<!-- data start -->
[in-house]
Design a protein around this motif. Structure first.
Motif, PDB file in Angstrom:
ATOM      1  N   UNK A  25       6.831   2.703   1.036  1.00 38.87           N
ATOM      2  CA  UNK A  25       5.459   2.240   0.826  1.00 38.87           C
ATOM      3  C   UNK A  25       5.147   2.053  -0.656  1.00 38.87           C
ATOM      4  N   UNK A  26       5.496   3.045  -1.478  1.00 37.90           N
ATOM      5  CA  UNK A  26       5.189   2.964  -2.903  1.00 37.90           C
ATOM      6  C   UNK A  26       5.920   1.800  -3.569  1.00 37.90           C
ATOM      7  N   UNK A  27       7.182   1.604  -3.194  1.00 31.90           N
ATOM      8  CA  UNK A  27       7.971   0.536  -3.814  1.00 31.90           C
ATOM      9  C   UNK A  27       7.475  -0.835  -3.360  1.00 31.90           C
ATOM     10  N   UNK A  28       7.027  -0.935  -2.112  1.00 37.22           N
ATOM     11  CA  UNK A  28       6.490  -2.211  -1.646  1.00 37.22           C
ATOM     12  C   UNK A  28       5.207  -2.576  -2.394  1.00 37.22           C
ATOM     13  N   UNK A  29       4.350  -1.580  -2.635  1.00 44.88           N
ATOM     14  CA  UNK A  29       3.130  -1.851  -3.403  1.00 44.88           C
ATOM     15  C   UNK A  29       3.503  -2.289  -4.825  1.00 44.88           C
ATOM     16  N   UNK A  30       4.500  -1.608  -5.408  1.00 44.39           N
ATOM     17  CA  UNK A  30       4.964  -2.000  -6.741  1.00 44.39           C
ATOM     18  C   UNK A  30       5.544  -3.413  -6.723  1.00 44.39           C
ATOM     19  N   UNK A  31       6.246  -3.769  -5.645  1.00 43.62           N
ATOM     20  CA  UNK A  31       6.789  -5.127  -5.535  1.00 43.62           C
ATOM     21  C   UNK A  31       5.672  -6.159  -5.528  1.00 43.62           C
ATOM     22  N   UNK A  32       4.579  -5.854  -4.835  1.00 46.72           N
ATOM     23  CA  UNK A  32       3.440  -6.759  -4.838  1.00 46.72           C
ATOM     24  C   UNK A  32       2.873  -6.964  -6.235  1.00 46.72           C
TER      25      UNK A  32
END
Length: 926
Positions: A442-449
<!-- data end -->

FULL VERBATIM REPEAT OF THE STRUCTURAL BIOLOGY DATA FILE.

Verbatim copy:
[in-house]
Design a protein around this motif. Structure first.
Motif, PDB file in Angstrom:
ATOM      1  N   UNK A  25       6.831   2.703   1.036  1.00 38.87           N
ATOM      2  CA  UNK A  25       5.459   2.240   0.826  1.00 38.87           C
ATOM      3  C   UNK A  25       5.147   2.053  -0.656  1.00 38.87           C
ATOM      4  N   UNK A  26       5.496   3.045  -1.478  1.00 37.90           N
ATOM      5  CA  UNK A  26       5.189   2.964  -2.903  1.00 37.90           C
ATOM      6  C   UNK A  26       5.920   1.800  -3.569  1.00 37.90           C
ATOM      7  N   UNK A  27       7.182   1.604  -3.194  1.00 31.90           N
ATOM      8  CA  UNK A  27       7.971   0.536  -3.814  1.00 31.90           C
ATOM      9  C   UNK A  27       7.475  -0.835  -3.360  1.00 31.90           C
ATOM     10  N   UNK A  28       7.027  -0.935  -2.112  1.00 37.22           N
ATOM     11  CA  UNK A  28       6.490  -2.211  -1.646  1.00 37.22           C
ATOM     12  C   UNK A  28       5.207  -2.576  -2.394  1.00 37.22           C
ATOM     13  N   UNK A  29       4.350  -1.580  -2.635  1.00 44.88           N
ATOM     14  CA  UNK A  29       3.130  -1.851  -3.403  1.00 44.88           C
ATOM     15  C   UNK A  29       3.503  -2.289  -4.825  1.00 44.88           C
ATOM     16  N   UNK A  30       4.500  -1.608  -5.408  1.00 44.39           N
ATOM     17  CA  UNK A  30       4.964  -2.000  -6.741  1.00 44.39           C
ATOM     18  C   UNK A  30       5.544  -3.413  -6.723  1.00 44.39           C
ATOM     19  N   UNK A  31       6.246  -3.769  -5.645  1.00 43.62           N
ATOM     20  CA  UNK A  31       6.789  -5.127  -5.535  1.00 43.62           C
ATOM     21  C   UNK A  31       5.672  -6.159  -5.528  1.00 43.62           C
ATOM     22  N   UNK A  32       4.579  -5.854  -4.835  1.00 46.72           N
ATOM     23  CA  UNK A  32       3.440  -6.759  -4.838  1.00 46.72           C
ATOM     24  C   UNK A  32       2.873  -6.964  -6.235  1.00 46.72           C
TER      25      UNK A  32
END
Length: 926
Positions: A442-449